Monday, 9 April 2012

Young people's language is crap (always)

This is a very interesting article and includes one of those lovely lists of people moaning about the decline in standards of language going back in time:

Someone Else’s Language
On the Role of Linguists in Language Revitalization
Margaret Speas, University of Massachusetts, Amhers

Daniels (1983) made this point
clearly when he presented the following series of complaints through the ages:

1961: “Recent graduates, including those with university degrees, seem
to have no mastery of the language at all. They cannot construct a
simple declarative sentence, either orally or in writing. They cannot spell common, everyday words. Punctuation is apparently no longer taught. Grammar is a complete mystery to almost all recent
graduates.” -J Mersand. Attitudes Toward English Teaching

1917: “From every college in the country goes up the cry, ‘Our freshmen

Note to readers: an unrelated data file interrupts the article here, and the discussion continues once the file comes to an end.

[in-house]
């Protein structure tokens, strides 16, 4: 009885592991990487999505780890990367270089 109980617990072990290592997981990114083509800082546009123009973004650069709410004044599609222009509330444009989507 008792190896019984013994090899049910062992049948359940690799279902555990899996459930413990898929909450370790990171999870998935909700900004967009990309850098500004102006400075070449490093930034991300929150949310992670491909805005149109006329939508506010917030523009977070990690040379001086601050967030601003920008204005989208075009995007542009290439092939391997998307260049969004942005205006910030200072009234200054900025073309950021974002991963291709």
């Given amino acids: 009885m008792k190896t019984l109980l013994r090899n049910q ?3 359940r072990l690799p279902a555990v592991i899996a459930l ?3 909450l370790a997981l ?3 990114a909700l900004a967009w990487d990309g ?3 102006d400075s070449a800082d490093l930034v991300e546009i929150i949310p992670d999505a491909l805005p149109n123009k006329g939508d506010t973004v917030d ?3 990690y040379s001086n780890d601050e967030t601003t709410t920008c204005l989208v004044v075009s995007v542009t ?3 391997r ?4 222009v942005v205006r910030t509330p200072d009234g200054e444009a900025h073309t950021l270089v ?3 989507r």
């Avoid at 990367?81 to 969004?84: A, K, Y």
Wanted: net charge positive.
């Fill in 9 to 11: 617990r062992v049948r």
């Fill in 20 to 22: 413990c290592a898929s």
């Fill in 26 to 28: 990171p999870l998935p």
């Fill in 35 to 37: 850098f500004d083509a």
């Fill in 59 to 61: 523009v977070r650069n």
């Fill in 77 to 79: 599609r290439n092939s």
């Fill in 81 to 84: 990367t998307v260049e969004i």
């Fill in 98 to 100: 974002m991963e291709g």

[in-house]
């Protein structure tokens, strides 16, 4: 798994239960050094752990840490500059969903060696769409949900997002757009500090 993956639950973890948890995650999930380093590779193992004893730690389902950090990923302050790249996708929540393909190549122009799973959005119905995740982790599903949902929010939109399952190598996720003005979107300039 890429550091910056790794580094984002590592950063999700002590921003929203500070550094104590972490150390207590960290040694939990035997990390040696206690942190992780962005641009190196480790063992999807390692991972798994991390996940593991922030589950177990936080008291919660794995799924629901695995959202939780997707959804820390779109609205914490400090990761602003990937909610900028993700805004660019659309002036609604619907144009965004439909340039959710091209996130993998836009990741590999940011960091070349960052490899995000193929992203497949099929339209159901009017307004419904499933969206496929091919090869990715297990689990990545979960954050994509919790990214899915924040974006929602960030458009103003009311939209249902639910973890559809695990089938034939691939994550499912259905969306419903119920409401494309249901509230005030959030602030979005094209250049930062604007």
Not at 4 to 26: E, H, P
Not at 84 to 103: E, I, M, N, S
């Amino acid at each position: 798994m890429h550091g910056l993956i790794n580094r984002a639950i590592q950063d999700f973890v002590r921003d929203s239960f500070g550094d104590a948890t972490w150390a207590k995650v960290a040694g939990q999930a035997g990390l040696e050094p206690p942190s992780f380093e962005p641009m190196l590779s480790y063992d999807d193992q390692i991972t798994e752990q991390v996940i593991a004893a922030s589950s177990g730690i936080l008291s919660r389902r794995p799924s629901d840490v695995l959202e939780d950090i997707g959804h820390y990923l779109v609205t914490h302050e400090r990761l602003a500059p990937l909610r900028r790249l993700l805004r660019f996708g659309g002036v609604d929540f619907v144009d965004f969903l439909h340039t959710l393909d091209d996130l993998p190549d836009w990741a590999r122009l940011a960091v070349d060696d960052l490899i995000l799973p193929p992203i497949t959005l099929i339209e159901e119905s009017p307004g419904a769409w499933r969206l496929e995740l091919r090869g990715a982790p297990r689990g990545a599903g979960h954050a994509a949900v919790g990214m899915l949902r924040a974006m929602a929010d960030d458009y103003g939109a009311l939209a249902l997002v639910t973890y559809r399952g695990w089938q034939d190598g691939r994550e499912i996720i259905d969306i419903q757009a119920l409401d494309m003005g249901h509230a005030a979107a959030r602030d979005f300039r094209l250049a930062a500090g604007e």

can’t spell, can’t punctuate.’ Every high school is in disrepair be-
cause its pupils are so ignorant of the merest rudiments.” -C.H. Ward

1780: “The greatest improprieties…are to be found among people of
fashion; many pronunciations, which thirty or forty years ago
were confined to the vulgar, are gradually gaining ground; and
if something [is] not done to stop this growing evil…English is
likely to become a mere jargon.” -Thomas Sheridan

1st century BC: “Practically everyone…in those days spoke correctly.
But the lapse of time has certainly had a deteriorating effect in
this respect.” -Cicero

Daniels comments, “The earliest language ‘crisis’...that I have been able to
discover occurred in ancient Sumeria.... It seems that among the first of the clay
tablets discovered and deciphered by modern scholars was one which recorded
the agonized complaints of a Sumerian teacher about the sudden drop-off in
students’ writing ability” (p. 33).

As we can see by these comments, it seems
that every generation fears that people (usually young people) are debasing and
corrupting the language. Yet, people still communicate and literature continues
to be produced. The truth is that living languages are always changing. Classical Latin “deteriorated” into French, Italian, Spanish, etc...